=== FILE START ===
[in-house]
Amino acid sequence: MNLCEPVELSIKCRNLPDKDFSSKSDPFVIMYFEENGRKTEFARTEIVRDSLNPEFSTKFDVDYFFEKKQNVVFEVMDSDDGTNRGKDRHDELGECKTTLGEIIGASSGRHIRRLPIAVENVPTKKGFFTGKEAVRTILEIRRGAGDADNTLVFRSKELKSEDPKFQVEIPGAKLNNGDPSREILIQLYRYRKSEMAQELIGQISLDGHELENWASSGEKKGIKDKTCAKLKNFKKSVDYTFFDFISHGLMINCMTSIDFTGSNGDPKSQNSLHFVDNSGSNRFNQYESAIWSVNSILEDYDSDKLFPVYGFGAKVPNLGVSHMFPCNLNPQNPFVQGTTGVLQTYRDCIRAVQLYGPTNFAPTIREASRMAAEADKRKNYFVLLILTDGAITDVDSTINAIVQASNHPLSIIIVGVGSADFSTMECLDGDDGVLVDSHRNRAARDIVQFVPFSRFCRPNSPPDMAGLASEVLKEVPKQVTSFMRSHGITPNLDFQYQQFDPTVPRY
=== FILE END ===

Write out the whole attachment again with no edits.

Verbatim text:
[in-house]
Amino acid sequence: MNLCEPVELSIKCRNLPDKDFSSKSDPFVIMYFEENGRKTEFARTEIVRDSLNPEFSTKFDVDYFFEKKQNVVFEVMDSDDGTNRGKDRHDELGECKTTLGEIIGASSGRHIRRLPIAVENVPTKKGFFTGKEAVRTILEIRRGAGDADNTLVFRSKELKSEDPKFQVEIPGAKLNNGDPSREILIQLYRYRKSEMAQELIGQISLDGHELENWASSGEKKGIKDKTCAKLKNFKKSVDYTFFDFISHGLMINCMTSIDFTGSNGDPKSQNSLHFVDNSGSNRFNQYESAIWSVNSILEDYDSDKLFPVYGFGAKVPNLGVSHMFPCNLNPQNPFVQGTTGVLQTYRDCIRAVQLYGPTNFAPTIREASRMAAEADKRKNYFVLLILTDGAITDVDSTINAIVQASNHPLSIIIVGVGSADFSTMECLDGDDGVLVDSHRNRAARDIVQFVPFSRFCRPNSPPDMAGLASEVLKEVPKQVTSFMRSHGITPNLDFQYQQFDPTVPRY